Feeling sick?

  • Students with Symptoms of Illness

    Students who are not feeling well/symptomatic must stay home and isolate until they have obtained a COVID-19 test result. Symptoms may include fatigue, nausea/vomiting, diarrhea, runny nose/congestion, sore throat, headache, fever/chills, muscle/body aches, new cough, shortness of breath, new loss of taste/smell, or any other new symptoms. 

    If the student has a negative COVID test, they must meet the following criteria to return to school:

    • stomach ache, nausea, headache, poor appetite, and fatigue must be resolved before returning to school
    • cough, runny nose/congestion, and sore throat must be improved before returning to school
    • body aches/chills, fever, vomiting, or diarrhea must be resolved for at least 24 hours without the use of fever-reducing medications before returning to school. (e.g., a student develops a fever at 10 am on Monday, fever resolves at noon the same day, the COVID test is negative- student may return to school Wednesday morning). 

    Please alert the school site attendance clerk if your child will be absent.

    Individuals who experience any symptoms must isolate and obtain a COVID-19 test (antigen or PCR/NAAT) or may pick up an additional antigen test from their school site. Families are encouraged to get an antigen test any time they pick up their students for medical reasons during the school day. Individuals who have had a positive test within the last 90 days are still required to test but should use antigen testing only (not PCR) during this period. Negative test results and minor symptoms do not need to be reported to the school; any questions regarding general health should be directed to your healthcare provider. Official return to school clearance is no longer required after experiencing symptoms. Please note, specialized programs within the District may have more restrictive protocols for absence and illness.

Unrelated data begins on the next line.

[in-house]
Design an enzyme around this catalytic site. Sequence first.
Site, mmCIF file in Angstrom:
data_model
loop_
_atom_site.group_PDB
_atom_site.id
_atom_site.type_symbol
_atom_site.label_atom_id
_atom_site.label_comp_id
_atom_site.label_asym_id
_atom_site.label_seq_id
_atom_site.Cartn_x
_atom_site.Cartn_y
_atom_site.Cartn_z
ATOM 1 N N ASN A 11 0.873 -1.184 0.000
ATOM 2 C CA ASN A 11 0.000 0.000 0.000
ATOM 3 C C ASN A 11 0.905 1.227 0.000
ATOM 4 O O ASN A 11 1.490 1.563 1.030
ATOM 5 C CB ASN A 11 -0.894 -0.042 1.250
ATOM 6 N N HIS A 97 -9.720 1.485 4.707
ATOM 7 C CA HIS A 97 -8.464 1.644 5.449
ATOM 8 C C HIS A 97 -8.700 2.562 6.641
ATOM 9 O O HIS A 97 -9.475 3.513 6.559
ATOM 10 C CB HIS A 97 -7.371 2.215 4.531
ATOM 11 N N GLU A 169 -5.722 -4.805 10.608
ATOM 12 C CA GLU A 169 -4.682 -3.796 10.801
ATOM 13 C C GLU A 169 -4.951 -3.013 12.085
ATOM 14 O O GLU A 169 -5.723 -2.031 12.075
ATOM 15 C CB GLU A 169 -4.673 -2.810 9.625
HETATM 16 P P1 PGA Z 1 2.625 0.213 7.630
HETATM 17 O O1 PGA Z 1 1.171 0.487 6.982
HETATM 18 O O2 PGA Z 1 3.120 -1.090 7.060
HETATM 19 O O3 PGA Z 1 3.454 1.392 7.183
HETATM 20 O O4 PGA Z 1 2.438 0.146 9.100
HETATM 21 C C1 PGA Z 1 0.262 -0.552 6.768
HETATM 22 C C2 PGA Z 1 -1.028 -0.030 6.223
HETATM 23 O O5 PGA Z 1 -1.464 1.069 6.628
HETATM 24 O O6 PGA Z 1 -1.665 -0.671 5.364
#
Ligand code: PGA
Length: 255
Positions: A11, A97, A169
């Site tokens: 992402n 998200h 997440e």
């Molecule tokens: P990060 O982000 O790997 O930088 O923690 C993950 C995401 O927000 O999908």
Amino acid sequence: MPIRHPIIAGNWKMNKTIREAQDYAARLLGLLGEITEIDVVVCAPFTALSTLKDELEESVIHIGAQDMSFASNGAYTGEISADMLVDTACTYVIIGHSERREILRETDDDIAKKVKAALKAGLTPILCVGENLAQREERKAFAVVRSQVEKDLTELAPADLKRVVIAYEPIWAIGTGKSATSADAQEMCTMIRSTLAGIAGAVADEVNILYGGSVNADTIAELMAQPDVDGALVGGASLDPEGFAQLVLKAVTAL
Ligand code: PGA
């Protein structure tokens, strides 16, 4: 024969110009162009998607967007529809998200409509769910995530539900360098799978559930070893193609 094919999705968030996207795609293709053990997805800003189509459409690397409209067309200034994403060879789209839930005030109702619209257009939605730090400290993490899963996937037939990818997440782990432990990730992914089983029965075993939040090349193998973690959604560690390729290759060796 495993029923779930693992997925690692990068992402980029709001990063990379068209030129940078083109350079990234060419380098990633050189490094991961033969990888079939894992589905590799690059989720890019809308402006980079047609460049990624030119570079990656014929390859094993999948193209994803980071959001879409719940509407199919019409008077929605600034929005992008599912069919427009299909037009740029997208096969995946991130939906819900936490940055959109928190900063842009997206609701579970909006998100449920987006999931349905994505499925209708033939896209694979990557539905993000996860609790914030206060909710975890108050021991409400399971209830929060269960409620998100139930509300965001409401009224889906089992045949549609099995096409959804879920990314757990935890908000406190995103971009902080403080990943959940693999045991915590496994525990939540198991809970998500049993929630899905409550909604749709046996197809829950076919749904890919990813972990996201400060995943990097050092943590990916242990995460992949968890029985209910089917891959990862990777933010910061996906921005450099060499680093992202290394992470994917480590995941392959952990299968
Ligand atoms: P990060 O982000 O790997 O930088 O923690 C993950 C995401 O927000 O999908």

Communicable Diseases

    Communicable diseases may be transmitted from person to person and are the most common cause of school absenteeism. It is important to know how communicable diseases are transmitted, diagnosed and treated and what precautions can be taken to prevent their occurrence or their spread.

    The body fluids and substances of all persons should be considered potentially infectious for various diseases. While the risk of infection from several different organisms is present, the exact risk depends on a variety of factors. Many disease-causing bacteria and viruses may be carried in the body fluids of persons who have no symptoms of illness. This may be a problem because if the carrier or infected individual appears to be healthy, precautions might not be taken.

    Full cooperation with the Public Health Department is expected when requested during an outbreak.


    Conjunctivitis (Pink Eye)



    Hand, Foot, and Mouth Disease

    Strep Throat

    Chickenpox (Varicella)

    Pertussis (Whooping Cough)

    Food-borne Illness (Norovirus)


    Fifth Disease



    Legal References
    California Education Code Communicable Disease

    Handwashing at home, at play, and out and about

    Flu Fact Sheet
    Flu symptoms: when to seek medical care

    Hand Hygiene

    Keeping your hands clean is one of the best ways to keep from getting sick and spreading illnesses. Practicing good hand hygiene gets rid of bacteria and viruses from contact with other people or surfaces.

    Respiratory Infections

    Respiratory infections can spread from person to person in respiratory droplets of coughs and sneezes. Droplets from a cough or sneeze of an infected person can be propelled through the air and land on the mouth or nose of people nearby. To prevent the spread of respiratory illnesses, the nose and mouth should be covered with a tissue when coughing or sneezing and the tissue should be thrown in the trash immediately after use.